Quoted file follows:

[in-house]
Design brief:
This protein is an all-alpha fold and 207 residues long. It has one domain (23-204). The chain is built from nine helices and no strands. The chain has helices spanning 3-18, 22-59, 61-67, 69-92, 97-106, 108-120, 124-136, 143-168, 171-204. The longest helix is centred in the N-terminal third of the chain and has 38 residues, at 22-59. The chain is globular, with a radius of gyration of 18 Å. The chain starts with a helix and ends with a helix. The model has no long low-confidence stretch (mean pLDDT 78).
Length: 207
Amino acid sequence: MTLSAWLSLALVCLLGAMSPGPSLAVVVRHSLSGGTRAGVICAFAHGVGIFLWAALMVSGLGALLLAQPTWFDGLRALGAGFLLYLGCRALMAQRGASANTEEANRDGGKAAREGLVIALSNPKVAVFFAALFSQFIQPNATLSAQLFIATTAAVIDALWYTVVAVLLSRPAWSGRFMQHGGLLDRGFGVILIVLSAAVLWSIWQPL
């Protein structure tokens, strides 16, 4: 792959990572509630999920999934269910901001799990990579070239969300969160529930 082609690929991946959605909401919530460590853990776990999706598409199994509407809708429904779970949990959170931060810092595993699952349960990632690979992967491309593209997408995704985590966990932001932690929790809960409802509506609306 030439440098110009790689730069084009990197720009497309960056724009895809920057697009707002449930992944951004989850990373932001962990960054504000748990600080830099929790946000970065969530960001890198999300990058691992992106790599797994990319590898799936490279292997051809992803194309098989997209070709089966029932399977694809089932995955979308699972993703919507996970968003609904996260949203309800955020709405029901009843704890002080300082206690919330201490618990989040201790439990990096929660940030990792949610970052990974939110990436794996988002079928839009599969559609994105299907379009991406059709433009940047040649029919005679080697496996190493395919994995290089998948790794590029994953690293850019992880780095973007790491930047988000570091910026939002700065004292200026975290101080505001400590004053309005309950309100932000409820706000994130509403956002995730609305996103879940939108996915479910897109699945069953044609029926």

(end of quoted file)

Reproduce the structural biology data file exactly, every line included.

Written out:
[in-house]
Design brief:
This protein is an all-alpha fold and 207 residues long. It has one domain (23-204). The chain is built from nine helices and no strands. The chain has helices spanning 3-18, 22-59, 61-67, 69-92, 97-106, 108-120, 124-136, 143-168, 171-204. The longest helix is centred in the N-terminal third of the chain and has 38 residues, at 22-59. The chain is globular, with a radius of gyration of 18 Å. The chain starts with a helix and ends with a helix. The model has no long low-confidence stretch (mean pLDDT 78).
Length: 207
Amino acid sequence: MTLSAWLSLALVCLLGAMSPGPSLAVVVRHSLSGGTRAGVICAFAHGVGIFLWAALMVSGLGALLLAQPTWFDGLRALGAGFLLYLGCRALMAQRGASANTEEANRDGGKAAREGLVIALSNPKVAVFFAALFSQFIQPNATLSAQLFIATTAAVIDALWYTVVAVLLSRPAWSGRFMQHGGLLDRGFGVILIVLSAAVLWSIWQPL
């Protein structure tokens, strides 16, 4: 792959990572509630999920999934269910901001799990990579070239969300969160529930 082609690929991946959605909401919530460590853990776990999706598409199994509407809708429904779970949990959170931060810092595993699952349960990632690979992967491309593209997408995704985590966990932001932690929790809960409802509506609306 030439440098110009790689730069084009990197720009497309960056724009895809920057697009707002449930992944951004989850990373932001962990960054504000748990600080830099929790946000970065969530960001890198999300990058691992992106790599797994990319590898799936490279292997051809992803194309098989997209070709089966029932399977694809089932995955979308699972993703919507996970968003609904996260949203309800955020709405029901009843704890002080300082206690919330201490618990989040201790439990990096929660940030990792949610970052990974939110990436794996988002079928839009599969559609994105299907379009991406059709433009940047040649029919005679080697496996190493395919994995290089998948790794590029994953690293850019992880780095973007790491930047988000570091910026939002700065004292200026975290101080505001400590004053309005309950309100932000409820706000994130509403956002995730609305996103879940939108996915479910897109699945069953044609029926």